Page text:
Today should be it

Mitt Romney should easily sweep a handful of blue states today, including New York and Pennsylvania.  If he does, I think the staunchest of conservative holdouts are ready to call it for Romney.  The only thing that will change the trajectory of the primary at this point would be if Romney’s performance is weak in any of these states.

Is that possible?  To a certain extent.  With Romney already the presumptive nominee, media coverage of the April 24th primaries has been minimal.  Additionally, any inhibition towards voting one’s conscience should be gone.   Romney’s refocusing on Obama is certainly not unwarranted confidence, but does signal an end to his scorched earth campaign that ravished his closest rivals.

Will Gingrich show any sort of proof of life in New York, Pennsylvania, Delaware, Connecticut, or Rhode Island?  Don’t count on it.  To be sure, there is a conservative underground in each of these states, most strongly in Pennsylvania.  But at the same time, they have been so marginalized by the liberal culture that “most conservative who can actually win” is deeply engrained.

My prediction is that Newt doesn’t break 40% in any of these states.  If that is the case, I am ready to call the 2012 primary for Mitt Romney.  However, if Newt can somehow mitigate his losses and mathematically survive today, he has some friendly states coming up in May.  He may still not survive to the convention fight he is counting on, but he would have a chance.  And something he hasn’t tasted in months: momentum.

Bad News for Romney?

Romney declared today to be a good day for his campaign.  The media easily agreed, following their template that Romney is already the nominee.  However, the good news may end up being all for Gingrich.  The long dead in the water conservative finally has what he has needed for a second resurgence: no competition for the social conservative vote.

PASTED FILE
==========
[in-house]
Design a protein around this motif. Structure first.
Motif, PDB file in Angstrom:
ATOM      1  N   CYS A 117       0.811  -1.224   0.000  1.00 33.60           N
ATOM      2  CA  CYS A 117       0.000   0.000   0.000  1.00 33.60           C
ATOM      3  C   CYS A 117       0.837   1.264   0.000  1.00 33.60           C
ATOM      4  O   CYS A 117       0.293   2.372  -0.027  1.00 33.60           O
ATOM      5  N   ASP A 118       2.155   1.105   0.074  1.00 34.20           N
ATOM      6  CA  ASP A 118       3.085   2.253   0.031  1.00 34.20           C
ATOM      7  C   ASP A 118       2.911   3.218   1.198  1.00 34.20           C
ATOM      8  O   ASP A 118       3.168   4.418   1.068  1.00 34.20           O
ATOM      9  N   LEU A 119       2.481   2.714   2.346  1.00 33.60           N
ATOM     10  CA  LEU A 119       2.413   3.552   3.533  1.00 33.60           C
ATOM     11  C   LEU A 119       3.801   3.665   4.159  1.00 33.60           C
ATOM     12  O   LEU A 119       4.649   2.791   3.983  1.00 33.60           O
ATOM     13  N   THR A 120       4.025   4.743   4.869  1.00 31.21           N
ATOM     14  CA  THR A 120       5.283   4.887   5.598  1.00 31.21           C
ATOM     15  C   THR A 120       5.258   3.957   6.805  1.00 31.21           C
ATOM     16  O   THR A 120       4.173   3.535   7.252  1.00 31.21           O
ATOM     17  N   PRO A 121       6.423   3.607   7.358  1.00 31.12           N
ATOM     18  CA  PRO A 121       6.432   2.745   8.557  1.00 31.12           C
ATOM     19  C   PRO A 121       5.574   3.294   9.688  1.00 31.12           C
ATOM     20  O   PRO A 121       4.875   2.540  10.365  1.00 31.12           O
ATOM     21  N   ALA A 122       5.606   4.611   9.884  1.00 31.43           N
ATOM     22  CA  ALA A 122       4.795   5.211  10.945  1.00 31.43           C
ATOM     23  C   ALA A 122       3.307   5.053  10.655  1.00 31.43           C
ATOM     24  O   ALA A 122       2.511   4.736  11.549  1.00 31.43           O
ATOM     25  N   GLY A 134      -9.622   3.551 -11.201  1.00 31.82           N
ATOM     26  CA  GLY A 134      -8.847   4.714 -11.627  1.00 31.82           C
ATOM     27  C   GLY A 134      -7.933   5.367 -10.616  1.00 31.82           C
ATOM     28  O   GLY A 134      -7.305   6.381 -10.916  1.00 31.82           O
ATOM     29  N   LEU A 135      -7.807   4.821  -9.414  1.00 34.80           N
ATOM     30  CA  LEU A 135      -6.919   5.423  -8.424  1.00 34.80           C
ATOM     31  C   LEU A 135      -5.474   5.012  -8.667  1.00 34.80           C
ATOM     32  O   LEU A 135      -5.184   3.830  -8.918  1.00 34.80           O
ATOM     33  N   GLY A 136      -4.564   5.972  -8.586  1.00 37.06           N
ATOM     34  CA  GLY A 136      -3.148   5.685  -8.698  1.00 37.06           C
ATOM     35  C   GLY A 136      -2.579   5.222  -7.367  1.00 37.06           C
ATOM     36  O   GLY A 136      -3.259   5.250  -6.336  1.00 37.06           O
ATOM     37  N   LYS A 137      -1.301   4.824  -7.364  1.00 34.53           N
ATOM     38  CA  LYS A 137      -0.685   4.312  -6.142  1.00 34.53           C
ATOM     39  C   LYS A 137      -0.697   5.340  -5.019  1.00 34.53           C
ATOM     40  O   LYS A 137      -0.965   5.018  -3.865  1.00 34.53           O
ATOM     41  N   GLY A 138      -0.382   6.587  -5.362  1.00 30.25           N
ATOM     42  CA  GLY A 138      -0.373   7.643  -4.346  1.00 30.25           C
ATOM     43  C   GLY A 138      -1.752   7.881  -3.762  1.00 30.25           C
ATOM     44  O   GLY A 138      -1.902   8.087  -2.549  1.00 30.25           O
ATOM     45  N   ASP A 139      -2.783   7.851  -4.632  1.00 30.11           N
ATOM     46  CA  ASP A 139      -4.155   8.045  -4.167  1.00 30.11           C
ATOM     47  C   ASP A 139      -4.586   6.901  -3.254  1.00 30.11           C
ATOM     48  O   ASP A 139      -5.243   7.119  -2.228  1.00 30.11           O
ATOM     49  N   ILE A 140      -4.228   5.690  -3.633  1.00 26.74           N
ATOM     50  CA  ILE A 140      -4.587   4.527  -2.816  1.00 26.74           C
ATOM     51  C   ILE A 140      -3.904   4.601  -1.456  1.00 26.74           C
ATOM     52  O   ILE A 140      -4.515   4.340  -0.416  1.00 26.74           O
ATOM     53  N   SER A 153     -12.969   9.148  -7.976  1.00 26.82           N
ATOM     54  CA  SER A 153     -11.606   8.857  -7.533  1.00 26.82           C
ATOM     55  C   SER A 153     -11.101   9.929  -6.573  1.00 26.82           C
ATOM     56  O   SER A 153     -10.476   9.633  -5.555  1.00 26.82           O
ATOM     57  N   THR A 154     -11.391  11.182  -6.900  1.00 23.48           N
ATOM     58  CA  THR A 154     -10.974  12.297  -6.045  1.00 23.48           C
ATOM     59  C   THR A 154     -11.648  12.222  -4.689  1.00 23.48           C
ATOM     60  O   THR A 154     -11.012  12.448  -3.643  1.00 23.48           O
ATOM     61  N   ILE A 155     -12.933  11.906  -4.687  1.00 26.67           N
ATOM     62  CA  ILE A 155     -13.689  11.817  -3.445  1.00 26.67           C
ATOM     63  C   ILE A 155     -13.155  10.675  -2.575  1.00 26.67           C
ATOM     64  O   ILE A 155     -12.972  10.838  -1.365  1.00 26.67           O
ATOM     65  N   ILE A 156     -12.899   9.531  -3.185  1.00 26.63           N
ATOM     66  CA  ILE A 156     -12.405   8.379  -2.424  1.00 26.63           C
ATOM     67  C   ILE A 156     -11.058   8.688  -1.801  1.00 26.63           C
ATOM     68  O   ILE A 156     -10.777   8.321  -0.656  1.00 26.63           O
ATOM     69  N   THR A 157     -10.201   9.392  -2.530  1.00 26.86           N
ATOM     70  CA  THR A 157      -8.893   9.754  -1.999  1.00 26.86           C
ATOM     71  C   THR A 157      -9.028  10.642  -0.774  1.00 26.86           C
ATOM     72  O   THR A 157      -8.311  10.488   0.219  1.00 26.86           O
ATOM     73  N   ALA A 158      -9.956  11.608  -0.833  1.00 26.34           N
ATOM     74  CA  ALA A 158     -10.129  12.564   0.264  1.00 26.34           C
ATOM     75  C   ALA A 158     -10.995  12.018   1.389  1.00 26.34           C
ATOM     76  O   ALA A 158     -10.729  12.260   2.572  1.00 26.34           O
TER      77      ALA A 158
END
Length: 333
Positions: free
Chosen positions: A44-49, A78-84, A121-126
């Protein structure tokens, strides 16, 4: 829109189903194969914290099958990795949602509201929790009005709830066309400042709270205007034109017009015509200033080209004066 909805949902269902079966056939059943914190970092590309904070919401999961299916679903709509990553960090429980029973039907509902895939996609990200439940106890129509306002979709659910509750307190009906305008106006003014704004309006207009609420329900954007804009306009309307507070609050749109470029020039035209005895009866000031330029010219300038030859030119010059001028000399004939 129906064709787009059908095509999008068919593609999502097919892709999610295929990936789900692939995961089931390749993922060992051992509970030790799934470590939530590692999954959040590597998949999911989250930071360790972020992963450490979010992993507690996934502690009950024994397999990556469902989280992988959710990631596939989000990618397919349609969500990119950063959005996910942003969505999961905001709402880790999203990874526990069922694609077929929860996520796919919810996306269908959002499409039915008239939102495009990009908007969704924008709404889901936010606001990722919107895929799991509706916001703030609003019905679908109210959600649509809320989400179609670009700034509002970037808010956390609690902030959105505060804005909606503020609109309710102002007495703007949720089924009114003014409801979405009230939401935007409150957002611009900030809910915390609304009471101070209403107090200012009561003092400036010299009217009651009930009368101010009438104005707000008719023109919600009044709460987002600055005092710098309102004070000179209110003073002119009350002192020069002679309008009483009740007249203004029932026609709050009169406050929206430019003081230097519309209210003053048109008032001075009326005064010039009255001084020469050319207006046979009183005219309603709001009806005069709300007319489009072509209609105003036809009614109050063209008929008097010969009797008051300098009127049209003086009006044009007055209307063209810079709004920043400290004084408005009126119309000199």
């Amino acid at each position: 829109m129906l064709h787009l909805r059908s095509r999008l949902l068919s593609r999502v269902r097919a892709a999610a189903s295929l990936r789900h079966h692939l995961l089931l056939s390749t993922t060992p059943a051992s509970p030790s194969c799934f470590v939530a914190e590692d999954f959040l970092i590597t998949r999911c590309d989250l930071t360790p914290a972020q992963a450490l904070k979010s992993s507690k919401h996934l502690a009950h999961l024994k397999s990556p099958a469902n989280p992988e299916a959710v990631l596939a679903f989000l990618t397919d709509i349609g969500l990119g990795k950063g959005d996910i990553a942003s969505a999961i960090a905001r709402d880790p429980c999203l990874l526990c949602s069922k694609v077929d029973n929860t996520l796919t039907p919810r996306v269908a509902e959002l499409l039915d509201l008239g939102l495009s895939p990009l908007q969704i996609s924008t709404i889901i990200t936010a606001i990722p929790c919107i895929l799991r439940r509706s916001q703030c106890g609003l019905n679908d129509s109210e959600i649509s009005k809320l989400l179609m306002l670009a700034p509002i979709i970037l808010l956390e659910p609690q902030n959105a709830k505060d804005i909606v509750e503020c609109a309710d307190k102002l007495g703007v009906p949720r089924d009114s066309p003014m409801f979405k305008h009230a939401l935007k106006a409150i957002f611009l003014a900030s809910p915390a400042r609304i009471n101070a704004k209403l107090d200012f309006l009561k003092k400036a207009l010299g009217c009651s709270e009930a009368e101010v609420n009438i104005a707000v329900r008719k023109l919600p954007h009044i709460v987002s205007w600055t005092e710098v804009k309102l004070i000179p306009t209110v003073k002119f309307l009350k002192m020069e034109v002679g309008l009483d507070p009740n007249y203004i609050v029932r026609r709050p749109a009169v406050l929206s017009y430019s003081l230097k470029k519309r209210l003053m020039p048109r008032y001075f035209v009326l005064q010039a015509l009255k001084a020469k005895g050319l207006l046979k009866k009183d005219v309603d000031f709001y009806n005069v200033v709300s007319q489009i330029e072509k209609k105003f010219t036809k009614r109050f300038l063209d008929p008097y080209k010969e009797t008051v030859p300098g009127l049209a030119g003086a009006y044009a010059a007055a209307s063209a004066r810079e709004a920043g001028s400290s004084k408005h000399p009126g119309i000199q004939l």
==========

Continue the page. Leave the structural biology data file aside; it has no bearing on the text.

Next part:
In fact, Newt made the point today that he would love to get Santorum’s delegates.  Newt is right, he is far closer to what Santorum’s delegates want than Romney.  While Romney is far away ahead of both candidates on their own, together their delegates number more than 400.

Gingrich’s next hope for a good day won’t come until May 8th, and Romney is sure to sweep the blue states that vote on April 24th.  In fact, nearly certain victories in New York, Pennsylvania, Connecticut, Delaware, and Rhode Island could seal the deal.

On the other hand, Gingrich could start a come back in Indiana and could win North Carolina and West Virginia with some hard work.  In fact, May should favor the remaining social conservative, culminating with the 155 delegates in Texas.  May could be enough to provide Gingrich with the convention floor battle he’s been hoping for.

On the other hand, without a strong ground game, and with limited funds and no media recognition that he even still exists, Newt may never have a chance at realizing the potential the Santorum exit has given him.

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